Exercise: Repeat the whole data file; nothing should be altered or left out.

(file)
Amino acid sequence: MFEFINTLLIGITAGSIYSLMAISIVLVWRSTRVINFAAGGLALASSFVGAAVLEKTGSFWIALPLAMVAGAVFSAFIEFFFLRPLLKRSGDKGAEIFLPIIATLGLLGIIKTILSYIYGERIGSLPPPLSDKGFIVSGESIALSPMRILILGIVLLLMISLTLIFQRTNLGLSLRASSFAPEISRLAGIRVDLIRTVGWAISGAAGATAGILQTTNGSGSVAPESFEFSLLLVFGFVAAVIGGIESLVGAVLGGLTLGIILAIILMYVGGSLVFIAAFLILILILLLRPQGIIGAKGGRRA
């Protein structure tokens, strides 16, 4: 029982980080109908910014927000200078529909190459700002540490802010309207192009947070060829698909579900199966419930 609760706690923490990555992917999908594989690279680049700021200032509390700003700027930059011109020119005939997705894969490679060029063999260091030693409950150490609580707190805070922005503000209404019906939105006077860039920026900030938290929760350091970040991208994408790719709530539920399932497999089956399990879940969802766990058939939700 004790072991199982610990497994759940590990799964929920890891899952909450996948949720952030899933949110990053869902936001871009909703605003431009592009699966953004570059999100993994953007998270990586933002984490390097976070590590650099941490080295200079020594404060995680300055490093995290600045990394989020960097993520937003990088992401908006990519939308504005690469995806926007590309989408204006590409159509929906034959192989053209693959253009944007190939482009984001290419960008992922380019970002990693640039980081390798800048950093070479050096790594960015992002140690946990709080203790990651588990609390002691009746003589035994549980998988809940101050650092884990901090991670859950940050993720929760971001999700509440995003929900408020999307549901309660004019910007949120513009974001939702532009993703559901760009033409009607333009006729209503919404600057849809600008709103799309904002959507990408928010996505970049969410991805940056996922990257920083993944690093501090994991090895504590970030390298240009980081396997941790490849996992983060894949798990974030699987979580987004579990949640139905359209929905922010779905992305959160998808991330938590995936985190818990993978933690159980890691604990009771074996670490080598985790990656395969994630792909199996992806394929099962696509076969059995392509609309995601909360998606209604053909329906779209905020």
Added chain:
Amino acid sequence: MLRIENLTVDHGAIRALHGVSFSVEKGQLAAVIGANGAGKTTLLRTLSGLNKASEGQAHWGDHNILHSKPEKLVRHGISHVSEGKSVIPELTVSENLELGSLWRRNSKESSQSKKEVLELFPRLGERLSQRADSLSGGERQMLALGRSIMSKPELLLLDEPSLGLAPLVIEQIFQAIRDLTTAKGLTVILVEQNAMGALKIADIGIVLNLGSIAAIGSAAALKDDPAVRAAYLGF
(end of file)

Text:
Amino acid sequence: MFEFINTLLIGITAGSIYSLMAISIVLVWRSTRVINFAAGGLALASSFVGAAVLEKTGSFWIALPLAMVAGAVFSAFIEFFFLRPLLKRSGDKGAEIFLPIIATLGLLGIIKTILSYIYGERIGSLPPPLSDKGFIVSGESIALSPMRILILGIVLLLMISLTLIFQRTNLGLSLRASSFAPEISRLAGIRVDLIRTVGWAISGAAGATAGILQTTNGSGSVAPESFEFSLLLVFGFVAAVIGGIESLVGAVLGGLTLGIILAIILMYVGGSLVFIAAFLILILILLLRPQGIIGAKGGRRA
């Protein structure tokens, strides 16, 4: 029982980080109908910014927000200078529909190459700002540490802010309207192009947070060829698909579900199966419930 609760706690923490990555992917999908594989690279680049700021200032509390700003700027930059011109020119005939997705894969490679060029063999260091030693409950150490609580707190805070922005503000209404019906939105006077860039920026900030938290929760350091970040991208994408790719709530539920399932497999089956399990879940969802766990058939939700 004790072991199982610990497994759940590990799964929920890891899952909450996948949720952030899933949110990053869902936001871009909703605003431009592009699966953004570059999100993994953007998270990586933002984490390097976070590590650099941490080295200079020594404060995680300055490093995290600045990394989020960097993520937003990088992401908006990519939308504005690469995806926007590309989408204006590409159509929906034959192989053209693959253009944007190939482009984001290419960008992922380019970002990693640039980081390798800048950093070479050096790594960015992002140690946990709080203790990651588990609390002691009746003589035994549980998988809940101050650092884990901090991670859950940050993720929760971001999700509440995003929900408020999307549901309660004019910007949120513009974001939702532009993703559901760009033409009607333009006729209503919404600057849809600008709103799309904002959507990408928010996505970049969410991805940056996922990257920083993944690093501090994991090895504590970030390298240009980081396997941790490849996992983060894949798990974030699987979580987004579990949640139905359209929905922010779905992305959160998808991330938590995936985190818990993978933690159980890691604990009771074996670490080598985790990656395969994630792909199996992806394929099962696509076969059995392509609309995601909360998606209604053909329906779209905020």
Added chain:
Amino acid sequence: MLRIENLTVDHGAIRALHGVSFSVEKGQLAAVIGANGAGKTTLLRTLSGLNKASEGQAHWGDHNILHSKPEKLVRHGISHVSEGKSVIPELTVSENLELGSLWRRNSKESSQSKKEVLELFPRLGERLSQRADSLSGGERQMLALGRSIMSKPELLLLDEPSLGLAPLVIEQIFQAIRDLTTAKGLTVILVEQNAMGALKIADIGIVLNLGSIAAIGSAAALKDDPAVRAAYLGF